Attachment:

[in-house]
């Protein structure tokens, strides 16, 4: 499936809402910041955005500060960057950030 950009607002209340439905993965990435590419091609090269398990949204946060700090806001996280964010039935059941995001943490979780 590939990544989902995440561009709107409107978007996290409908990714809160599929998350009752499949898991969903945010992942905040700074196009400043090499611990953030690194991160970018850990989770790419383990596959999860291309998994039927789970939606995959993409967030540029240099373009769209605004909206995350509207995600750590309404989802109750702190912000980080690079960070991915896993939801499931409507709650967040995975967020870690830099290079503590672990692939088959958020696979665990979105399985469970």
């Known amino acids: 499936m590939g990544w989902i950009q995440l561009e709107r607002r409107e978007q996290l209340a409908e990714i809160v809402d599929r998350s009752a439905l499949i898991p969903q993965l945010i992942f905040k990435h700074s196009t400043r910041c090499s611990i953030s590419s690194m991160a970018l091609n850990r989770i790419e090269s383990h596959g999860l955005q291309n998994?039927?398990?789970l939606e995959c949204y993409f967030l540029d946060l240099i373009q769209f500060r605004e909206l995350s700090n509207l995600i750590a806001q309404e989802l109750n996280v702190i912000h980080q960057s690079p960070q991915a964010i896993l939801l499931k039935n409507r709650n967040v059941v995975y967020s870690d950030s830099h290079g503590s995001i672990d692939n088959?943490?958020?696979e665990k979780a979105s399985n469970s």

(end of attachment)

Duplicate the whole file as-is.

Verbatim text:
[in-house]
């Protein structure tokens, strides 16, 4: 499936809402910041955005500060960057950030 950009607002209340439905993965990435590419091609090269398990949204946060700090806001996280964010039935059941995001943490979780 590939990544989902995440561009709107409107978007996290409908990714809160599929998350009752499949898991969903945010992942905040700074196009400043090499611990953030690194991160970018850990989770790419383990596959999860291309998994039927789970939606995959993409967030540029240099373009769209605004909206995350509207995600750590309404989802109750702190912000980080690079960070991915896993939801499931409507709650967040995975967020870690830099290079503590672990692939088959958020696979665990979105399985469970």
């Known amino acids: 499936m590939g990544w989902i950009q995440l561009e709107r607002r409107e978007q996290l209340a409908e990714i809160v809402d599929r998350s009752a439905l499949i898991p969903q993965l945010i992942f905040k990435h700074s196009t400043r910041c090499s611990i953030s590419s690194m991160a970018l091609n850990r989770i790419e090269s383990h596959g999860l955005q291309n998994?039927?398990?789970l939606e995959c949204y993409f967030l540029d946060l240099i373009q769209f500060r605004e909206l995350s700090n509207l995600i750590a806001q309404e989802l109750n996280v702190i912000h980080q960057s690079p960070q991915a964010i896993l939801l499931k039935n409507r709650n967040v059941v995975y967020s870690d950030s830099h290079g503590s995001i672990d692939n088959?943490?958020?696979e665990k979780a979105s399985n469970s």